[Federal Register Volume 64, Number 107 (Friday, June 4, 1999)]
[Pages 30092-30094]
From the Federal Register Online via the Government Publishing Office [www.gpo.gov]
[FR Doc No: 99-14199]



Shoreline Management Initiative (SMI), Reservoirs in Alabama, 
Georgia, Kentucky, Mississippi, North Carolina, Tennessee, and Virginia

AGENCY: Tennessee Valley Authority (TVA).

ACTION: Issuance of record of decision.


SUMMARY: This notice is provided in accordance with the Council on 
Environmental Quality's regulations (40 CFR parts 1500 to 1508) and 
TVA's procedures implementing the National Environmental Policy Act. On 
April 21, 1999, the TVA Board of Directors decided to adopt the 
preferred alternative (Blended Alternative) identified in its Final 
Environmental Impact Statement (EIS), Shoreline Management Initiative: 
An Assessment of Residential Shoreline Development Impacts in the 
Tennessee Valley. The Board's decision modified the Blended Alternative 
by increasing the shoreline management zone (SMZ) from 25 to 50 feet. 
The Final EIS was made available to the public in November 1998. A 
Notice of Availability of the Final EIS was published in the Federal 
Register on December 11, 1998. Under the Blended Alternative, TVA seeks 
to balance residential shoreline development, recreation use, and 
resource conservation needs in a way that maintains the quality of life 
and other important values provided by its reservoir system. TVA has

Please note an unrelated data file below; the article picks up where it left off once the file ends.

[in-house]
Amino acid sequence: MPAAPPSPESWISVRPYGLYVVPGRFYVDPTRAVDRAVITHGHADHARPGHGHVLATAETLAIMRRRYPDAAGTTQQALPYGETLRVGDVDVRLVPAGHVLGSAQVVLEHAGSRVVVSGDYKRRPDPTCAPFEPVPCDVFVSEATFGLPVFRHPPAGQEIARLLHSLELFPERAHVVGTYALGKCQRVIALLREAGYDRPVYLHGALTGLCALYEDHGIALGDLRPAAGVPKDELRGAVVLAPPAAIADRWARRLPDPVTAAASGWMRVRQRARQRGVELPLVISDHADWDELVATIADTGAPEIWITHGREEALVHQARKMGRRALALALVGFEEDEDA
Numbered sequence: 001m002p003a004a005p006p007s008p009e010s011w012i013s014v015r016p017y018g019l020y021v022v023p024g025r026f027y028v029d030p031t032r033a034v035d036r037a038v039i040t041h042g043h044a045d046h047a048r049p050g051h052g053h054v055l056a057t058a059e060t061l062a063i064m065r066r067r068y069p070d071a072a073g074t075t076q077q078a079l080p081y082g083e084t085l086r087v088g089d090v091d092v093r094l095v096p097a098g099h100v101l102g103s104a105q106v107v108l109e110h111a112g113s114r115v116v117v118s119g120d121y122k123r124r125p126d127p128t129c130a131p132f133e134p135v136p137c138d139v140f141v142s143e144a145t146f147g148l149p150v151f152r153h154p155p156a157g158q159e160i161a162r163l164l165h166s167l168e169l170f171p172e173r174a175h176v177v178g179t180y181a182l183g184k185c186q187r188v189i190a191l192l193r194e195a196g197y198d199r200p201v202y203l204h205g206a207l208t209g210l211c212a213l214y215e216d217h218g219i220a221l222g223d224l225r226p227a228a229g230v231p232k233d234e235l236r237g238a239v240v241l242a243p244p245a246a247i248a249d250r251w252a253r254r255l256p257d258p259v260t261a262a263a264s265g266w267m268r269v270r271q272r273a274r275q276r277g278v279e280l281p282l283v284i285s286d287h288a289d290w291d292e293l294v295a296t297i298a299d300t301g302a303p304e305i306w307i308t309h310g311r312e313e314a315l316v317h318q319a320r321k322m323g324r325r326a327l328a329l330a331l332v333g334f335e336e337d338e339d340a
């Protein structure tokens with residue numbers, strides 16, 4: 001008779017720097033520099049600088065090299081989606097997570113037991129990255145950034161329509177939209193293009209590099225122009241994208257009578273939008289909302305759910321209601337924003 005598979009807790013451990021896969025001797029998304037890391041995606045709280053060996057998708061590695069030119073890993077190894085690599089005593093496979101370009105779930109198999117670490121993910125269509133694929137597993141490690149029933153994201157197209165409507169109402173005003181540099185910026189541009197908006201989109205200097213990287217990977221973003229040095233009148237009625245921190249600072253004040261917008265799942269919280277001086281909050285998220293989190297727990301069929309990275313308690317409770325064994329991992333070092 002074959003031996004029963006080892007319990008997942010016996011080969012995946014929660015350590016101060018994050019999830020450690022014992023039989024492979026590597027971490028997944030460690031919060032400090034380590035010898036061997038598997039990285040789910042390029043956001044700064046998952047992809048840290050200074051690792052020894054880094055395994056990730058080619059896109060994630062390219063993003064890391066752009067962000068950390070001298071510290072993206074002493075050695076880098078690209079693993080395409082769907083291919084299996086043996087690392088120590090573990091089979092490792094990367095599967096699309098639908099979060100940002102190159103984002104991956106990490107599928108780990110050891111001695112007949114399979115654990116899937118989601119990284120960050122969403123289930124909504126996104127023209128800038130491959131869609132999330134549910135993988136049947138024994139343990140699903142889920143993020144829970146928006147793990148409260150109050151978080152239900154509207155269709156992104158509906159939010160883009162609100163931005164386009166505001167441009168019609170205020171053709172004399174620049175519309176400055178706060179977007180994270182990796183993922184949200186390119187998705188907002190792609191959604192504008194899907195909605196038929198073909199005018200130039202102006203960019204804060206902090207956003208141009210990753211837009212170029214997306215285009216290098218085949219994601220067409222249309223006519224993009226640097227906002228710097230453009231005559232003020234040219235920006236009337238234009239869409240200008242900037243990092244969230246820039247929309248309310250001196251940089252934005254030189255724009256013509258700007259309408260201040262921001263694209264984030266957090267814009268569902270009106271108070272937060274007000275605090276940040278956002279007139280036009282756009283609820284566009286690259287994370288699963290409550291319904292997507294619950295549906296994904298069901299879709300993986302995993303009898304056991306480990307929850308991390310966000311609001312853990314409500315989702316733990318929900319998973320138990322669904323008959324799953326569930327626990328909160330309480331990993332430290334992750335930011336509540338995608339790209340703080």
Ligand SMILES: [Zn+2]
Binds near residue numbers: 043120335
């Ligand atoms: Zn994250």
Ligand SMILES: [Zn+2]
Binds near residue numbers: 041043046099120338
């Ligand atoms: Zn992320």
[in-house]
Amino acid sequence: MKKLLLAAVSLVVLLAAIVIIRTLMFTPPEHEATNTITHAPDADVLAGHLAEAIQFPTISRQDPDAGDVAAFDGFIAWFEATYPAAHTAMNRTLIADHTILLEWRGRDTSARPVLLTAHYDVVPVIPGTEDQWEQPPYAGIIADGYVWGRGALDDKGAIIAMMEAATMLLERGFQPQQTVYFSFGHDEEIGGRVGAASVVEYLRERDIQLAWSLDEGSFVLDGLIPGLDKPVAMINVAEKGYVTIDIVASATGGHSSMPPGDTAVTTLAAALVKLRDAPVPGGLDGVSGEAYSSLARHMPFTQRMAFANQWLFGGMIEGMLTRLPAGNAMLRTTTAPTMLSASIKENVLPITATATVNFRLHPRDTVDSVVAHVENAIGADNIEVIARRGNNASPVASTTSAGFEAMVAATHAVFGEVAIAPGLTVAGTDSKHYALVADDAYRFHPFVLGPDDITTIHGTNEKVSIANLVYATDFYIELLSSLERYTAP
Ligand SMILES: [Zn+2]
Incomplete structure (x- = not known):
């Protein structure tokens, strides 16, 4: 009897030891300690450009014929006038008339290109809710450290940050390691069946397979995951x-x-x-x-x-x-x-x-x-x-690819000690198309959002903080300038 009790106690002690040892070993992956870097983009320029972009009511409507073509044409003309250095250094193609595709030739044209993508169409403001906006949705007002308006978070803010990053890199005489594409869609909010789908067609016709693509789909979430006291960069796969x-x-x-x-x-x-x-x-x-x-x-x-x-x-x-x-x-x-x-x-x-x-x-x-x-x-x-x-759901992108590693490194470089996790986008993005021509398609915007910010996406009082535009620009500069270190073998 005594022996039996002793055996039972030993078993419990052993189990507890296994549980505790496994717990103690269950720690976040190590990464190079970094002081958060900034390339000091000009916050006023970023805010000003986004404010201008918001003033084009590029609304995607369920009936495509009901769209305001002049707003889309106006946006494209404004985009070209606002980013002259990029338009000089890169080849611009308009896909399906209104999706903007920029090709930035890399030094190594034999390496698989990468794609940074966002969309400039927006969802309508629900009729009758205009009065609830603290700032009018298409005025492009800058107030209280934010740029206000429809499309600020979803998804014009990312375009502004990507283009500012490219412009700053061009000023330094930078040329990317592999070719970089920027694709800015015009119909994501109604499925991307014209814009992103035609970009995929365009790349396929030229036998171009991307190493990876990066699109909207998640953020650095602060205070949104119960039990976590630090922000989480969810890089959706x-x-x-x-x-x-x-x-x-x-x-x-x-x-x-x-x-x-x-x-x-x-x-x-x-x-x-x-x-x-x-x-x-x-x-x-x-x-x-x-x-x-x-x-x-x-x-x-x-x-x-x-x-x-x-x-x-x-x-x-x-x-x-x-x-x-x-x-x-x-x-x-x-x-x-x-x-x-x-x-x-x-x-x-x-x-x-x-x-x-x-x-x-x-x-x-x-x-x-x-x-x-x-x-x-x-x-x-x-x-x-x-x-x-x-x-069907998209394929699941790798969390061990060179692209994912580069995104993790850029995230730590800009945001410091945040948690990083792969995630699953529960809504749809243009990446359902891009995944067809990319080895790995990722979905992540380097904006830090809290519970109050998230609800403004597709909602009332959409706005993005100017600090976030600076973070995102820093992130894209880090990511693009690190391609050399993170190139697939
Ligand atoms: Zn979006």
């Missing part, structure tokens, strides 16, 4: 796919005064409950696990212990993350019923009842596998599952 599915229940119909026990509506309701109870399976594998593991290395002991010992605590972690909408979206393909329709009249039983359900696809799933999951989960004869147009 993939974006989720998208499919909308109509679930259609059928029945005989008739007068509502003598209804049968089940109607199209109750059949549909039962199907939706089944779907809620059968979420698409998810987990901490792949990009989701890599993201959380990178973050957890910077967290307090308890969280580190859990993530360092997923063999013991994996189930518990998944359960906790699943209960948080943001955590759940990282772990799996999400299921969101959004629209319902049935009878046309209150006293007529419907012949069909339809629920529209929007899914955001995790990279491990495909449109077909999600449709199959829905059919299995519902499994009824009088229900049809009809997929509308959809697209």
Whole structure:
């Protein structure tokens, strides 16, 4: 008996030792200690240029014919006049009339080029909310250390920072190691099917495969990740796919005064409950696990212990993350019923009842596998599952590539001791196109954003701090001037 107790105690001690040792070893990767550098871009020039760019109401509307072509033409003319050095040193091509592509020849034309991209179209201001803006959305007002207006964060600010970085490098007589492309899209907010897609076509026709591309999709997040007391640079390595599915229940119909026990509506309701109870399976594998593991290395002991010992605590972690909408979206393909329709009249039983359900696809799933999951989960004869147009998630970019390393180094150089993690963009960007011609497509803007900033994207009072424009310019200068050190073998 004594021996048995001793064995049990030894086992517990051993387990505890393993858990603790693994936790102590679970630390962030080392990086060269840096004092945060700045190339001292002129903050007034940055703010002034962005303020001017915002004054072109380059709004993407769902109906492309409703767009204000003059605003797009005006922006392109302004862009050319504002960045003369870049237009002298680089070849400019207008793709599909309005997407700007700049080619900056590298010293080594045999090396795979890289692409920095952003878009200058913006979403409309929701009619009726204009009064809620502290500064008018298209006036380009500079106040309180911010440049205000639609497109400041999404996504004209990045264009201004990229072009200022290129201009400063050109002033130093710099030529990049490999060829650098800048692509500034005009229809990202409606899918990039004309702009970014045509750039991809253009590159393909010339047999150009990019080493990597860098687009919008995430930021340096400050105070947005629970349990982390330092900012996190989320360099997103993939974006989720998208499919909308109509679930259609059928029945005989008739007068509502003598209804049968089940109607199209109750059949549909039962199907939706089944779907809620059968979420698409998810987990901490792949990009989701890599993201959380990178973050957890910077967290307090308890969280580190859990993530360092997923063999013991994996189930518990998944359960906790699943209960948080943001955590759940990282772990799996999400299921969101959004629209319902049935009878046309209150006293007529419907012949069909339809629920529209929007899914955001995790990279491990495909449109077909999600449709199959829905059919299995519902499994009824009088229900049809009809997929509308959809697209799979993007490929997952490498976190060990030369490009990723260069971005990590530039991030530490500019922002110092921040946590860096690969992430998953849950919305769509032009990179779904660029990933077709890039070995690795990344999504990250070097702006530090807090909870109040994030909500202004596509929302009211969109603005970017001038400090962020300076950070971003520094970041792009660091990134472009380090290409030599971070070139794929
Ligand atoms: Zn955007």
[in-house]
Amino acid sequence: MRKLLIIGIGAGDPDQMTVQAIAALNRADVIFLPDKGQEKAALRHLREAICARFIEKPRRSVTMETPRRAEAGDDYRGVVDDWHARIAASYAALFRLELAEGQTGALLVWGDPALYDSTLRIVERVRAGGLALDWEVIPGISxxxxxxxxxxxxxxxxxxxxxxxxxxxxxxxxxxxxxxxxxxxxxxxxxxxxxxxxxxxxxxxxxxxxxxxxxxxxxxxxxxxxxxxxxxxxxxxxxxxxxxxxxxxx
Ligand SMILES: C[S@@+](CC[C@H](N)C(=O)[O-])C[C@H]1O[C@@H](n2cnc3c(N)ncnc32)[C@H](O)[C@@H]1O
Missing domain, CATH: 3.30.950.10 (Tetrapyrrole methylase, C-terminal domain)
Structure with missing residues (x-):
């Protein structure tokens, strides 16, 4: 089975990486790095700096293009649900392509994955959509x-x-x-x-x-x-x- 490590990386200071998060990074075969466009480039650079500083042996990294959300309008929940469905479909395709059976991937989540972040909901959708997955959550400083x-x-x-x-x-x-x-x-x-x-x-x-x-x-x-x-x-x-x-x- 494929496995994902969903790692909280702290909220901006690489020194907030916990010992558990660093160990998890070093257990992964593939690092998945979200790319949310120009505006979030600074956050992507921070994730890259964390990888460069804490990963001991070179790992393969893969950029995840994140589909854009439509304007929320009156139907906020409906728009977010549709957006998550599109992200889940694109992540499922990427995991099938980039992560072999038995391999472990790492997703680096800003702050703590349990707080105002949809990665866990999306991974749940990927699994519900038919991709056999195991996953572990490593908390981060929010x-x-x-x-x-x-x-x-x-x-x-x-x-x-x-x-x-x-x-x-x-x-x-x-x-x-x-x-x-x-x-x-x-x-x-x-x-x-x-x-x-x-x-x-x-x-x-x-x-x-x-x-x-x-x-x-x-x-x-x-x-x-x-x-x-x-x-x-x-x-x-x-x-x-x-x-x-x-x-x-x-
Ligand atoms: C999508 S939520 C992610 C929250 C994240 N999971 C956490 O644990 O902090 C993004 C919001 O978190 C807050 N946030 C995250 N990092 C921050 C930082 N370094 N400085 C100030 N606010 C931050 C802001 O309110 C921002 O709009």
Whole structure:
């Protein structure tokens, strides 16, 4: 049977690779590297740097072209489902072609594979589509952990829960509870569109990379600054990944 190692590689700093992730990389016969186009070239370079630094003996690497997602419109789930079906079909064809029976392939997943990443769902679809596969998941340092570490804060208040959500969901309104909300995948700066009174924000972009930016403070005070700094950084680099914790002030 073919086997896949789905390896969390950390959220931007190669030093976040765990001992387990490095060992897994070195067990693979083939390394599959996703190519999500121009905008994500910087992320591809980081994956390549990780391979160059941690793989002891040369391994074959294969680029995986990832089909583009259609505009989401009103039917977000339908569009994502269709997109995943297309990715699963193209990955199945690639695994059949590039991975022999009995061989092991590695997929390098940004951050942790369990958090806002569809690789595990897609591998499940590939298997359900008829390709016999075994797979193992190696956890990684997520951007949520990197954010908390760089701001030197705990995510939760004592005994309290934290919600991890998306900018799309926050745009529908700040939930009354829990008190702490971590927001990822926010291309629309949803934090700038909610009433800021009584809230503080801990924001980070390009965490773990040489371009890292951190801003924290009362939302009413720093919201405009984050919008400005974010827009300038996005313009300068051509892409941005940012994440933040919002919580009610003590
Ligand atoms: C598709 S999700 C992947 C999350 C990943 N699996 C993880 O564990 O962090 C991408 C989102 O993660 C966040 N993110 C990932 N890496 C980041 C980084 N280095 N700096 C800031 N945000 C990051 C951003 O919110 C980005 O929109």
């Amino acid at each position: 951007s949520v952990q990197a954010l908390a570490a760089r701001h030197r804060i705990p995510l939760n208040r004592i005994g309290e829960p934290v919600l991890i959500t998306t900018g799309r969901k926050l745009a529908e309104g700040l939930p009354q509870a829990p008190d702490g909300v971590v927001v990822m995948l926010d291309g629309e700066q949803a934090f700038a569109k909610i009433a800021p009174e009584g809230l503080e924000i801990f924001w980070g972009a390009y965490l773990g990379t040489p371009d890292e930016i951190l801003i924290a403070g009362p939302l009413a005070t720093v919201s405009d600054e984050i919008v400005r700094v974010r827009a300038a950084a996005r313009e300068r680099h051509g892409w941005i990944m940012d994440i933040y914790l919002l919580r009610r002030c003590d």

decided to adopt a strategy of ``maintaining and gaining'' public 
shoreline, continue to allow docks and other alterations along 
shorelines now available for residential

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access and establish uniform standards for these alterations, and 
ensure that sensitive natural and cultural resources are conserved for 
future generations.

Environmental Management, Tennessee Valley Authority, 400 West Summit 
Hill Drive, WT 8C, Knoxville, Tennessee 37902-1499; telephone (423) 
632-6889 or e-mail hmdraper@tva.gov.

SUPPLEMENTARY INFORMATION: Residential shoreline development along TVA 
reservoirs continues to increase. Currently, the amount of residential 
shoreline development on individual TVA reservoirs ranges from none to 
51 percent of the shoreline length. Of the 11,000 miles of total 
shoreline, 13 percent have been developed for residential uses. From 
1988 to 1997, TVA approved almost 19,000 applications for residential 
shoreline alterations, such as docks, piers, boathouses, retaining 
walls, and vegetation management. Residential shoreline use requests 
substantially dominate all requests for other uses (e.g., commercial, 
industrial) combined. During this period, the number of permits 
increased at a rate of six percent per year. If these trends and 
current shoreline management practices continue, TVA estimates that 
over half the shoreline could be developed within the next 25 years. 
This level of shoreline development could have unacceptable adverse 
impacts on shoreline and aquatic ecology, water quality, scenic beauty, 
and other valuable resources. TVA initiated the SMI project to review 
existing permitting practices and establish a policy to better protect 
shoreline and aquatic resources, while allowing adjacent residents 
reasonable access to the water.
    On May 27, 1994, TVA issued a Notice of Intent to prepare an EIS on 
alternatives for management of TVA shoreline residential uses. Public 
scoping meetings were held in 13 locations throughout the Tennessee 
River Watershed in June and July of 1994. The Notice of Availability 
for the Draft EIS was published on June 28, 1996. TVA subsequently held